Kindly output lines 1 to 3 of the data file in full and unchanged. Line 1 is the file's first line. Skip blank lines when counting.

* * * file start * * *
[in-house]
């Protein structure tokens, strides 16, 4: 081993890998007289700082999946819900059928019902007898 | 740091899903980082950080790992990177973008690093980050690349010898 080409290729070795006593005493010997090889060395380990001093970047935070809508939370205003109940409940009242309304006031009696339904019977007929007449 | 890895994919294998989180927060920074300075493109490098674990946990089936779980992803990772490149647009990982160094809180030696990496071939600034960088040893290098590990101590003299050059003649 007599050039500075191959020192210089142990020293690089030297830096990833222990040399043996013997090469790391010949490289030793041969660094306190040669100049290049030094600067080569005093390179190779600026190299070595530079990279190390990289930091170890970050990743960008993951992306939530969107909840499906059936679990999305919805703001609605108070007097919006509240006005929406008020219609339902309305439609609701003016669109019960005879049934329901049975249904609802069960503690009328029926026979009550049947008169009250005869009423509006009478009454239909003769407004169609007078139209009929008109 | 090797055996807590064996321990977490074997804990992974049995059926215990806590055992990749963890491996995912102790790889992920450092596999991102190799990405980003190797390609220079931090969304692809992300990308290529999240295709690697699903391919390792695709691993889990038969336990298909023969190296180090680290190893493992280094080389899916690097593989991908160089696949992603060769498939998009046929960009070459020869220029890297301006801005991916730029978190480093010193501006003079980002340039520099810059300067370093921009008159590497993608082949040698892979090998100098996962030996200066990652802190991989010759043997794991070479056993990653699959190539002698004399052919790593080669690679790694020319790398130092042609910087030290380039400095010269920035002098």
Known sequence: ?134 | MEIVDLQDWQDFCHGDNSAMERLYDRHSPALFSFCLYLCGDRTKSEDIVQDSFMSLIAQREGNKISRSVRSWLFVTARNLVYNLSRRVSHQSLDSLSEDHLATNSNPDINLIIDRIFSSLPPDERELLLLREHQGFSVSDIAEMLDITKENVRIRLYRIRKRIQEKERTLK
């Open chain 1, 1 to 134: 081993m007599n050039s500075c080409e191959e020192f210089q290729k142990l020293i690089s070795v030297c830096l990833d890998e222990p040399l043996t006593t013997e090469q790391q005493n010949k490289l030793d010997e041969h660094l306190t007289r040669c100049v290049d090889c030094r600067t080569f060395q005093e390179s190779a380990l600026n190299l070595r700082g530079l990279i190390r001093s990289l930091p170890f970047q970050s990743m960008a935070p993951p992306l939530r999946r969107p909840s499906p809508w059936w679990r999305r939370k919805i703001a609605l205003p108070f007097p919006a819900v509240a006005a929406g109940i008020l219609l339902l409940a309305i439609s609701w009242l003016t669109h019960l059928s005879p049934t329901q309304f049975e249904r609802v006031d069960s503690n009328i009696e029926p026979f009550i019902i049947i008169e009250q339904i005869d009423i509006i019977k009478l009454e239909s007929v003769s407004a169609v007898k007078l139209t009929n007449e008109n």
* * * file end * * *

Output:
[in-house]
């Protein structure tokens, strides 16, 4: 081993890998007289700082999946819900059928019902007898 | 740091899903980082950080790992990177973008690093980050690349010898 080409290729070795006593005493010997090889060395380990001093970047935070809508939370205003109940409940009242309304006031009696339904019977007929007449 | 890895994919294998989180927060920074300075493109490098674990946990089936779980992803990772490149647009990982160094809180030696990496071939600034960088040893290098590990101590003299050059003649 007599050039500075191959020192210089142990020293690089030297830096990833222990040399043996013997090469790391010949490289030793041969660094306190040669100049290049030094600067080569005093390179190779600026190299070595530079990279190390990289930091170890970050990743960008993951992306939530969107909840499906059936679990999305919805703001609605108070007097919006509240006005929406008020219609339902309305439609609701003016669109019960005879049934329901049975249904609802069960503690009328029926026979009550049947008169009250005869009423509006009478009454239909003769407004169609007078139209009929008109 | 090797055996807590064996321990977490074997804990992974049995059926215990806590055992990749963890491996995912102790790889992920450092596999991102190799990405980003190797390609220079931090969304692809992300990308290529999240295709690697699903391919390792695709691993889990038969336990298909023969190296180090680290190893493992280094080389899916690097593989991908160089696949992603060769498939998009046929960009070459020869220029890297301006801005991916730029978190480093010193501006003079980002340039520099810059300067370093921009008159590497993608082949040698892979090998100098996962030996200066990652802190991989010759043997794991070479056993990653699959190539002698004399052919790593080669690679790694020319790398130092042609910087030290380039400095010269920035002098």
Known sequence: ?134 | MEIVDLQDWQDFCHGDNSAMERLYDRHSPALFSFCLYLCGDRTKSEDIVQDSFMSLIAQREGNKISRSVRSWLFVTARNLVYNLSRRVSHQSLDSLSEDHLATNSNPDINLIIDRIFSSLPPDERELLLLREHQGFSVSDIAEMLDITKENVRIRLYRIRKRIQEKERTLK